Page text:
Uber’s Real Flaw Gets Exposed During the Sydney Hostage Crisis

I’ve never used Uber, but I am familiar with it. They’ve had their fair share of issues related to their “surge” pricing, where the price of a ride can double, triple, or even quadruple depending on demand. But their response to their surge pricing during the hostage situation in Sydney, Australia showed Uber’s true attitude towards the communities they claim to serve.uber

Here’s what happened: as a result of the hostage crisis in Sydney, people were looking to leave the area. Public transit was shut down, and no one wanted people hanging around near an active hostage situation. According to The Consumerist, Uber’s surge pricing kicked in, charging 4x the normal rate with a MINIMUM ride of $100 to leave the area. Worst of all, the company claimed this was out of concern for the people of Sydney, because if drivers were being paid more they would show up faster. After a huge social media backlash, Uber began offering refunds and free rides, apparently realizing fleecing people during a terrorism incident looks really, really insensitive.

uber tweet

At the heart of the matter, this is what bothers me about Uber. They want a free market, no-regulations situation, and they claim it will level the playing field, make everything cheaper and more transparent, and allow for easier transportation for all. And they say surge pricing is designed to encourage drivers during especially busy times and when it may be riskier to be on the road (ie during a snowstorm or weather incident). I have no problem with the concept of prices going up when there’s more demand; that makes sense, and it’s not so different from early bird special pricing versus regular dinner prices, or a matinée versus an evening show. My problem is that Uber seems to think that logic extends to a situation where public transit is shut down by law enforcement, there’s hostages in a busy cafe, and people are desperate to leave the area. It smacks heavily of price gouging, and quite frankly their tweet of ‘Good news, we’re charging you 4x the normal rate to incentivize someone to come get you’ [paraphrased, of course] doesn’t make me feel all warm and fuzzy about the company. It certainly makes me think they don’t actually care about the safety of anyone in the community.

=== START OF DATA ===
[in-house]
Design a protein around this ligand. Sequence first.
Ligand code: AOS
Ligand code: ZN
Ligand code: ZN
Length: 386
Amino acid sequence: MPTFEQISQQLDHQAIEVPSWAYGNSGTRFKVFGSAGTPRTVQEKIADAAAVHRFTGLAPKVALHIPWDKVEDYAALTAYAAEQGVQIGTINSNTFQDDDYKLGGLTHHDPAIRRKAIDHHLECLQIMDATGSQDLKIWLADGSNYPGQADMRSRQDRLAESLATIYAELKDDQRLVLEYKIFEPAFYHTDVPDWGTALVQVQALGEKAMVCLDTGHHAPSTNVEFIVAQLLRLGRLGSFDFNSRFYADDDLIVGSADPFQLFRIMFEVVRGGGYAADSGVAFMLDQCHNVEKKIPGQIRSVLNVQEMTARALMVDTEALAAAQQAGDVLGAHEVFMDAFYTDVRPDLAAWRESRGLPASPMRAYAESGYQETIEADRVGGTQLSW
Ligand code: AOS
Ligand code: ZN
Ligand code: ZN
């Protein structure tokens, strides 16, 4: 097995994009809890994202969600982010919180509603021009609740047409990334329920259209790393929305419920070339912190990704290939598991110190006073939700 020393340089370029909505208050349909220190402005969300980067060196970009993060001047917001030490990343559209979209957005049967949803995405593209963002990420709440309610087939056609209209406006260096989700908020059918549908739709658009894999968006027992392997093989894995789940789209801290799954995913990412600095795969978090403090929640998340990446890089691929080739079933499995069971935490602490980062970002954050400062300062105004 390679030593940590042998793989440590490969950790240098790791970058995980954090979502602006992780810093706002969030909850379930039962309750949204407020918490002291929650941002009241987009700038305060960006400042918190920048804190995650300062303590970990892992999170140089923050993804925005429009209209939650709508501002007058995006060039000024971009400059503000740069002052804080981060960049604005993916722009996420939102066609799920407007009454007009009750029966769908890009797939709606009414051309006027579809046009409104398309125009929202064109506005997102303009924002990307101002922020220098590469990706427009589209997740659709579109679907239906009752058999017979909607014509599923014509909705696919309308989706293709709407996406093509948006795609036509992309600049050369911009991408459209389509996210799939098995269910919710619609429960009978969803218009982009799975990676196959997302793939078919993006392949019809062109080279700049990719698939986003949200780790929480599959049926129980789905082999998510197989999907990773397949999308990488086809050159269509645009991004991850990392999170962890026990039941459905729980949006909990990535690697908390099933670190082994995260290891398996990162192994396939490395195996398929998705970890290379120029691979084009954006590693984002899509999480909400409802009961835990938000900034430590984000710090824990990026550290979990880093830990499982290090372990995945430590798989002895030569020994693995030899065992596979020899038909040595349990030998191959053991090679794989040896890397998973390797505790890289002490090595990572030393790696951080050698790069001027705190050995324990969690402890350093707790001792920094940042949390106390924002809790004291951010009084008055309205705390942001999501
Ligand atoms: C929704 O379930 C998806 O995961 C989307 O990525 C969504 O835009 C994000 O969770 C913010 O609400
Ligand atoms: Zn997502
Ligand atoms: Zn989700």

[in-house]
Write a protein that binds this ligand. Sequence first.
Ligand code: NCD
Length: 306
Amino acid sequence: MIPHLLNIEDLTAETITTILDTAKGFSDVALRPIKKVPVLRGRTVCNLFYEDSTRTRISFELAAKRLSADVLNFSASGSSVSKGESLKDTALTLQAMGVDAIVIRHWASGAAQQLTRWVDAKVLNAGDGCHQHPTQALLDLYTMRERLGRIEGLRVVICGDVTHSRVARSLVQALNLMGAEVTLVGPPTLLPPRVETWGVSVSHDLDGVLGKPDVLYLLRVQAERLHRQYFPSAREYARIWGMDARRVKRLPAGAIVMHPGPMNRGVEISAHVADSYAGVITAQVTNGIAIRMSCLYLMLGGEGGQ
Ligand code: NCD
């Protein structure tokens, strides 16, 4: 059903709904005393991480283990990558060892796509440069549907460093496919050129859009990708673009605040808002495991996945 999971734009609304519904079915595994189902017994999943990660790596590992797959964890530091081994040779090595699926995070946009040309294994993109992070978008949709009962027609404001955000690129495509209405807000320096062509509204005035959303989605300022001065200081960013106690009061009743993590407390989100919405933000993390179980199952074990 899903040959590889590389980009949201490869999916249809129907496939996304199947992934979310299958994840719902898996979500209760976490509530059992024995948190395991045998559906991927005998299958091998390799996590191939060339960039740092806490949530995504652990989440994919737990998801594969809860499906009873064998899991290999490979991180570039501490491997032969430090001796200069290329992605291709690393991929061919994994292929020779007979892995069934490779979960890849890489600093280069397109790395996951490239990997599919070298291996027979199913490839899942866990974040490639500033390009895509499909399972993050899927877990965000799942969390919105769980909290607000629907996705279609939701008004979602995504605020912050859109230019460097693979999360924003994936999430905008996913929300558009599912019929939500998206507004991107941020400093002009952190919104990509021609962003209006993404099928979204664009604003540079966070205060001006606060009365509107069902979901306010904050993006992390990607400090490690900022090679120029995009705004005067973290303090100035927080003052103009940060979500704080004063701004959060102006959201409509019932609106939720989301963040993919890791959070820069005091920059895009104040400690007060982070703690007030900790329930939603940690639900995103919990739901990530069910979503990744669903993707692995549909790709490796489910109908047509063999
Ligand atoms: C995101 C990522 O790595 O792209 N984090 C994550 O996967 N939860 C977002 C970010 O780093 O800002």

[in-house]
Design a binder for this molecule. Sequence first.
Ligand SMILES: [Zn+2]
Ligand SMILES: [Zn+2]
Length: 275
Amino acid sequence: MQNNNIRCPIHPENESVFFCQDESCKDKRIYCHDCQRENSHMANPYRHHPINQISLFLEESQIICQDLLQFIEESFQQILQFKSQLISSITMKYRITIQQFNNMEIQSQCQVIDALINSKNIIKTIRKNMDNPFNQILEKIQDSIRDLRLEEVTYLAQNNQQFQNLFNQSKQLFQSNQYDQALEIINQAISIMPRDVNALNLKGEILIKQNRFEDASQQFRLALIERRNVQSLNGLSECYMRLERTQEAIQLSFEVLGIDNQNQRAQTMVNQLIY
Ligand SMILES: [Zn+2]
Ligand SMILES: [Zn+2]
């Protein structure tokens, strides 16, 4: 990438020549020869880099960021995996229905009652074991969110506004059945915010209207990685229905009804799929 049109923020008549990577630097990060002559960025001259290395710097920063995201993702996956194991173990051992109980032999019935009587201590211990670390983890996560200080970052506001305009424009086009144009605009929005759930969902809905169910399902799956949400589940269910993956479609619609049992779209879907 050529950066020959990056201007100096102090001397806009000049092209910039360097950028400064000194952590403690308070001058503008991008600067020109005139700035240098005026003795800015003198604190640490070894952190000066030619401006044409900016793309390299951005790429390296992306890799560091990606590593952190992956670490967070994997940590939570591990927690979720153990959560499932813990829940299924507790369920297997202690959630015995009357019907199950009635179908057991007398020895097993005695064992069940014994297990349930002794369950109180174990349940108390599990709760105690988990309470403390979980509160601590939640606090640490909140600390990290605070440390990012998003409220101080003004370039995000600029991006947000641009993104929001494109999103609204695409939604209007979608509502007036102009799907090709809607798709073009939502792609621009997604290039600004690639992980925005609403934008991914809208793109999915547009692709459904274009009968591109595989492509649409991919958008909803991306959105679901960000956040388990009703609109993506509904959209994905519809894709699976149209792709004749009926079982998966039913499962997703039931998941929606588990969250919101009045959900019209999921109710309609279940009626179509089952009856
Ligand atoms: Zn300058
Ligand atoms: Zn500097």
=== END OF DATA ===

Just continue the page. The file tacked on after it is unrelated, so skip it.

Terror attacks are not everyday occurrences (hopefully), especially not on the level of 19-hour standoffs with an armed gunman. If Uber wants to charge extra for a busy Saturday night, or if they feel the risk of a driver in a snowstorm deserves a slightly higher cost, I can see the arguments there. I may not agree with their pricing, but I can understand the logic. But this is a highly unusual situation, and if Uber wanted to get drivers out there, why not announce the company is paying a bonus directly to drivers to make up for the free rides? This could have been a public relations win for Uber if they had offered something like that; they’d have looked like heroes to the people of Sydney, and the drivers would know that Uber values their work. Instead, Uber saw this rightfully blow up in their faces, as they drove prices to an insane level and passed along 100% of that cost to people fleeing the scene of a crime. I can’t even fathom how they thought that tweet was a good idea, or how it took them more than 30 seconds to realize how awful their response sounded.

uber tweets

It does tell me a great deal about the culture of Uber, and that they clearly don’t care about the communities or customers. I was already uncomfortable with Uber given their less than stellar reputation towards women and women’s safety in their cars, and now that poor opinion has crystalized into full on dislike.

I asked a few others at Gear Diary what they thought, and here was the simple, but succinct, feedback:

Judie: It was unconscionable.

Mike Anderson: Basically I had been pretty out of touch with the whole thing up until that moment…which told me all I needed to know.

Travis: From What I’ve seen from Uber they are not a smart company. This backs it up. Kind of like price gouging at gas stations when a hurricane is coming.

Joel: Surge pricing is a money grab — terrorist event or not. Think about it: they increase the pricing when they have an increase in demands, so they make EVEN MORE money. If anything, I would expect a little decrease when they are busy as they are likely going to have worse service, while STILL making tons of money.

Sounds like no one from Gear Diary will be using Uber anytime soon!

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About the Author

Zek has been a gadget fiend for a long time, going back to their first PDA (a Palm M100). They quickly went from researching what PDA to buy to following tech news closely and keeping up with the latest and greatest stuff. They love writing about ebooks because they combine their two favorite activities; reading anything and everything, and talking about fun new tech toys. What could be better?

2 Comments on "Uber’s Real Flaw Gets Exposed During the Sydney Hostage Crisis"

  1. Even before the recent scumminess I wouldn’t have took an Uber. It’s just not for me….even if I am not paying for it.

  2. My grandfather was a world traveler of the first order (he was in China before Nixon and shook is KGB “tour guide” in Moscow so he could meet the real people of Russia). We were raised with his wisdom of keeping a one hundred dollar bill in your shoe. “There’s not a cab driver in the world who wouldn’t stop at anything to get you to a U.S. embassy or consulate.”. Public transport failed and private business picked up the slack. Sound good to me. I’ve paid that much for a cab in Atlanta.

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